Lewis told a Lowy Institute Forum late last week that he sees the three biggest challenges for Australia’s security as foreign interference and espionage, extremist terrorism, and cyber security, and identified the former as the nation’s biggest threat.
“Terrorism has never been an existential threat to established states – for weaker states, yes, but for a place like Australia terrorism is not an existential threat to the state. It is a terrible risk that our populations run and it is a very serious matter which must be addressed every day: the counter-espionage and foreign interference issue, however, is something which is ultimately an existential threat to the state.”
Foreign interference is a global issue that has reared its ugly head in the Western world in recent times, and was specifically identified as an area of concern in the federal government’s 2017 Foreign Policy White Paper.
“The government is concerned about growing attempts by foreign governments or their proxies to exert inappropriate influence on and to undermine Australia’s sovereign institutions and decision-making,” the White Paper said.
Earlier this year, Federal Parliament’s computer network was the subject of a significant cyber breach, with politicians forced to change their passwords as a result of the attack.
“ASD and its Australian Cyber Security Centre will continue to work with DPS to understand the full extent of this network compromise. Meanwhile, the necessary steps are being taken to mitigate the compromise and prevent any harm,” ASD said at the time.
“At this early stage our immediate focus is on securing the network and protecting its users. Proper and accurate attribution of a cyber incident takes time.”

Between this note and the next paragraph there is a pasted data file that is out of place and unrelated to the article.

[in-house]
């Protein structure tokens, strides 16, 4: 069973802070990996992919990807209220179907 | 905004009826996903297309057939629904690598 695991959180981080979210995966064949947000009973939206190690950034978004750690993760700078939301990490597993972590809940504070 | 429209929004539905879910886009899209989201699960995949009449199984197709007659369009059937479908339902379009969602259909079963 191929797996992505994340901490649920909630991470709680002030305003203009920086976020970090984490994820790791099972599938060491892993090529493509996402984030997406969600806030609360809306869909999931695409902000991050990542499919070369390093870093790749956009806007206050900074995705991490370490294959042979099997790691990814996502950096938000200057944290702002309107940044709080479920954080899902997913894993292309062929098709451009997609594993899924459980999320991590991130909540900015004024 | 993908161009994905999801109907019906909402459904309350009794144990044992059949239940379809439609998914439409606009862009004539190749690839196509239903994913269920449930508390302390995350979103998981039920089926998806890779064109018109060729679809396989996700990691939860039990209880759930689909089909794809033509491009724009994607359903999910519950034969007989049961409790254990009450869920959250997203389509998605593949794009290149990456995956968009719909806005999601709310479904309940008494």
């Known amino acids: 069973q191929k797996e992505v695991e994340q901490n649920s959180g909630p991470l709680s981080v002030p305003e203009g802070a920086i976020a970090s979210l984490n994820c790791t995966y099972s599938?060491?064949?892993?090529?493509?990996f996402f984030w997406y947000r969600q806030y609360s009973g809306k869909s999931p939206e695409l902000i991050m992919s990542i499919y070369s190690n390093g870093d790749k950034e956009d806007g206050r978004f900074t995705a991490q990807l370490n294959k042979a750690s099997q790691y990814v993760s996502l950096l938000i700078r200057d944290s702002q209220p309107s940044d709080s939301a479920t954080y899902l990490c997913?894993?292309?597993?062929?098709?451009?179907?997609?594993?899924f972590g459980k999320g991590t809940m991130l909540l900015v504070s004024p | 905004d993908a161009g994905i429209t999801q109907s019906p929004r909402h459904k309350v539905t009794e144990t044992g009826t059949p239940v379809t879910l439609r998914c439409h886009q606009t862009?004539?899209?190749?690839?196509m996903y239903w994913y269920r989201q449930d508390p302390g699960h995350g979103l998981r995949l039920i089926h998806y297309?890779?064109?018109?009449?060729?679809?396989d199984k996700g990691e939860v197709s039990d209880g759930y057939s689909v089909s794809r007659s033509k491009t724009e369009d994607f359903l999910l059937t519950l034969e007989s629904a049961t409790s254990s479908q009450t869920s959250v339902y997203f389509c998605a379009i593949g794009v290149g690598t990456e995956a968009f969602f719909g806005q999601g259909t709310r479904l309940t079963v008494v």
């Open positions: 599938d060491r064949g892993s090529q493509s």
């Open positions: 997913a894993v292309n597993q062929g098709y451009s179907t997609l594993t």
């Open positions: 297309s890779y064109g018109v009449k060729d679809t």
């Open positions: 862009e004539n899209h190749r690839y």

It’s a matter that is making waves not just in national security, but in our education systems, with the government announcing last month it would be conducting formal investigations into foreign interference in Australian universities, which has become more apparent following pro-democracy protests in support of Hong Kong.
It is believed that China was behind a massive hack on the Australian National University’s computer database last year, with the personal information of 200,000 students and staff stolen.
While Lewis never specifically mentioned China in his address to the Lowy Institute Forum, it is clear that state-sponsored hacking from the rising superpower is of great concern to the Western world.
“It is emerging every day, new information about how we are threatened … by the cyber vector,” Lewis said.
“And I think that, as we have those discussions, it is necessary to have a look at capabilities such as the Australian Signals Directorate to see whether it can inform, or assist, or be deployed in the extreme in protecting Australians.”
The outgoing ASIO boss also noted that it is important to conduct counter-measures to foreign interference in a diplomatic manner.
“You can very quickly get to the point where you can vilify the many for the actions of the few … in the counter-espionage and foreign interference space, one needs to be careful that we don’t vilify some of our minority communities here, who are doing wonderful work, and are great Australians,” he said.
“I think getting this balance between zeroing in on those who would wish us harm but at the same time not vilifying the rest of their demographic or their community is very important.”
While Lewis noted that he believed foreign interference was the greatest threat to Australia’s security, he also noted that the risk of extremist terrorism was “unacceptably high”, but the threat had “plateaued”, compared with the rapidly growing threats of cyber security and foreign espionage.